Remember that crazy dotcom bubble in the late 1990s and the huge bust that followed? It looks like we’re about to sit through the same movie all over again.
That’s what Fred Wilson, a well-known venture capitalist, has been saying lately. Wilson, who runs Union Square Ventures, a New York–based VC firm, says he sees “storm clouds” on the horizon, and he worries that we might be headed toward another disaster. “When I look at where we are right now, it reminds me so much of 1999 and frankly it scares me,” Wilson wrote recently on his blog. The 49-year-old venture capitalist’s fear is understandable. In 1996 he cofounded a New York venture fund called Flatiron Partners, which did booming business investing in Internet companies—until the bubble collapsed, wiping out a bunch of its portfolio companies. Wilson and his partner pretty much shut down Flatiron in 2001, while still helping to manage some of its portfolio companies that had survived.
Undaunted, Wilson and a different partner launched Union Square Ventures in 2005, and he’s riding high once more, with smart investments in some of the hottest new companies on the Web, including Twitter, Foursquare, and Zynga. Nonetheless, Wilson has grown nervous in recent months. He says too many investors are pouring money into Web-based startups, driving valuations to ridiculous heights. In days gone by, the rule of thumb was that a company with two or three employees would be valuedat $5 million or less. But “today in the early-stage market we’re seeing two- and three-person teams that are getting $30 million, $40 million, $50 million valuations, and I think that’s not right,” Wilson said onstage at a Web 2.0 conference in San Francisco last month…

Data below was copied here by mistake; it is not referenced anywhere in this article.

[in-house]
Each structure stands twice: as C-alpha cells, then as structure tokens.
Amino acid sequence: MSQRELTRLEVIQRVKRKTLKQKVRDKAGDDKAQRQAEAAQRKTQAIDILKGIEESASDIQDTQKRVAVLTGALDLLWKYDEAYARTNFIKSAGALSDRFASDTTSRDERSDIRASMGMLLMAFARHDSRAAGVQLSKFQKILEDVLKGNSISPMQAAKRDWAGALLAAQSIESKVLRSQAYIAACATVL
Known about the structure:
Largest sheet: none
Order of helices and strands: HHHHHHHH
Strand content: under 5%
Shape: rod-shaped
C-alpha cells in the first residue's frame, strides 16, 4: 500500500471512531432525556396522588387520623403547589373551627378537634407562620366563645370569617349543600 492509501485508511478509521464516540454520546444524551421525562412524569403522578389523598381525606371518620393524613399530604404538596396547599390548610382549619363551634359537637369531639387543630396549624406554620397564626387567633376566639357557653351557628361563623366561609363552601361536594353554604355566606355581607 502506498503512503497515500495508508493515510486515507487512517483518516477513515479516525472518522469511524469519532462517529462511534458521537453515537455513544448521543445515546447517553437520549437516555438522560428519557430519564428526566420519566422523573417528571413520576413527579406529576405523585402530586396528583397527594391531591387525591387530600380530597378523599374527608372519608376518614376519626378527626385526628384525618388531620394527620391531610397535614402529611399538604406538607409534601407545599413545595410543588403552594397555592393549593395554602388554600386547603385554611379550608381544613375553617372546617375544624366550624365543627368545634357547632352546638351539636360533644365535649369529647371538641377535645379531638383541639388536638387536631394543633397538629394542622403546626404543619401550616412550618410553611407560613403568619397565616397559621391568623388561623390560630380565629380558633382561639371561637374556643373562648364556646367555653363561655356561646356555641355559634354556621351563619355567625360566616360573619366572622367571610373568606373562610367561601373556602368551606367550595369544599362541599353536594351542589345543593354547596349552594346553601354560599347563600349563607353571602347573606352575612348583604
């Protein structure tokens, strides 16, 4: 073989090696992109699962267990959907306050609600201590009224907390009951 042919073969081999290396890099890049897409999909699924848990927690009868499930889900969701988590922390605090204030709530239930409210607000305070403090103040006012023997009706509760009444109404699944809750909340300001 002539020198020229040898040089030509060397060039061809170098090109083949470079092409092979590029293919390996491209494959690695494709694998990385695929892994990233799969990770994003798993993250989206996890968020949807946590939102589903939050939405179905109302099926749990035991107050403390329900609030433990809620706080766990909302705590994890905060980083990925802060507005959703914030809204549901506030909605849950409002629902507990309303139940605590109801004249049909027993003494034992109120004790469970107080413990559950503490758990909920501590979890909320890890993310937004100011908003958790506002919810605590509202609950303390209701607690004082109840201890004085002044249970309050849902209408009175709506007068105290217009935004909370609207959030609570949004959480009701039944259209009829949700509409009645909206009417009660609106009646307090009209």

I beleive that the VCs have gone waaaay off the edge in productivity improvement applications, and in the valuation of the WWW social networking utilities, whose revenue model is at best – tenuous and highly volatile.
Yeah – I tend to agree there will be another meltdown – but we are talking about a really small bubble relative to the dot com meltdown which resulted in 3 million lost jobs, and the fall of dozens of major companies from which we have never recovered.
The only real question is – in an already devastated economy, would this be the straw which broke the camel’s back?
And I am not disagreeing with the Capitalist Maxim the “Greed is good”… It’s just that other old Maxim – “Pigs get fed, hogs get slaughtered” that tends to ring so true at times like this.